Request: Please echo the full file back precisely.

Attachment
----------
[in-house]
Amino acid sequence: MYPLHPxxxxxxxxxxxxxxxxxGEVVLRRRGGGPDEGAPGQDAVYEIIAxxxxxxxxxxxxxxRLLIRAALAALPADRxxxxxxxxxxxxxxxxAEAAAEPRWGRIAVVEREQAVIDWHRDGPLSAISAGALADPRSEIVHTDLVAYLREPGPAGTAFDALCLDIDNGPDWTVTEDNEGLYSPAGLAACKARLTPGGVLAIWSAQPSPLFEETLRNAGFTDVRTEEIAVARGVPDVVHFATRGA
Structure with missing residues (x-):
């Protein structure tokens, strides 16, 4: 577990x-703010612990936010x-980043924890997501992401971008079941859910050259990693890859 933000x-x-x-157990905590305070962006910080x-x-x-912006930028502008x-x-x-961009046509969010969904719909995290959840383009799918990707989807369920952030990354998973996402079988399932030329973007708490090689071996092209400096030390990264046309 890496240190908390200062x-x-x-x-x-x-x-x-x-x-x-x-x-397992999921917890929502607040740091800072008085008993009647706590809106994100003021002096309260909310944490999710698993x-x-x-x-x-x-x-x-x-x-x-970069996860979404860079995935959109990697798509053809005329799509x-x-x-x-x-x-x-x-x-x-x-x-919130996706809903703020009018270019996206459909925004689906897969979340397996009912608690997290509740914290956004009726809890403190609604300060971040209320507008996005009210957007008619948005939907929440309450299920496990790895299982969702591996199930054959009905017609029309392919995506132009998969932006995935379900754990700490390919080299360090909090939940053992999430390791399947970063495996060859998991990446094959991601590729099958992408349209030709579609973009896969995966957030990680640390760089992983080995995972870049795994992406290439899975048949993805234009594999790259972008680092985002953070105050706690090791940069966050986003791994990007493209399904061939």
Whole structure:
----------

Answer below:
[in-house]
Amino acid sequence: MYPLHPxxxxxxxxxxxxxxxxxGEVVLRRRGGGPDEGAPGQDAVYEIIAxxxxxxxxxxxxxxRLLIRAALAALPADRxxxxxxxxxxxxxxxxAEAAAEPRWGRIAVVEREQAVIDWHRDGPLSAISAGALADPRSEIVHTDLVAYLREPGPAGTAFDALCLDIDNGPDWTVTEDNEGLYSPAGLAACKARLTPGGVLAIWSAQPSPLFEETLRNAGFTDVRTEEIAVARGVPDVVHFATRGA
Structure with missing residues (x-):
């Protein structure tokens, strides 16, 4: 577990x-703010612990936010x-980043924890997501992401971008079941859910050259990693890859 933000x-x-x-157990905590305070962006910080x-x-x-912006930028502008x-x-x-961009046509969010969904719909995290959840383009799918990707989807369920952030990354998973996402079988399932030329973007708490090689071996092209400096030390990264046309 890496240190908390200062x-x-x-x-x-x-x-x-x-x-x-x-x-397992999921917890929502607040740091800072008085008993009647706590809106994100003021002096309260909310944490999710698993x-x-x-x-x-x-x-x-x-x-x-970069996860979404860079995935959109990697798509053809005329799509x-x-x-x-x-x-x-x-x-x-x-x-919130996706809903703020009018270019996206459909925004689906897969979340397996009912608690997290509740914290956004009726809890403190609604300060971040209320507008996005009210957007008619948005939907929440309450299920496990790895299982969702591996199930054959009905017609029309392919995506132009998969932006995935379900754990700490390919080299360090909090939940053992999430390791399947970063495996060859998991990446094959991601590729099958992408349209030709579609973009896969995966957030990680640390760089992983080995995972870049795994992406290439899975048949993805234009594999790259972008680092985002953070105050706690090791940069966050986003791994990007493209399904061939």
Whole structure: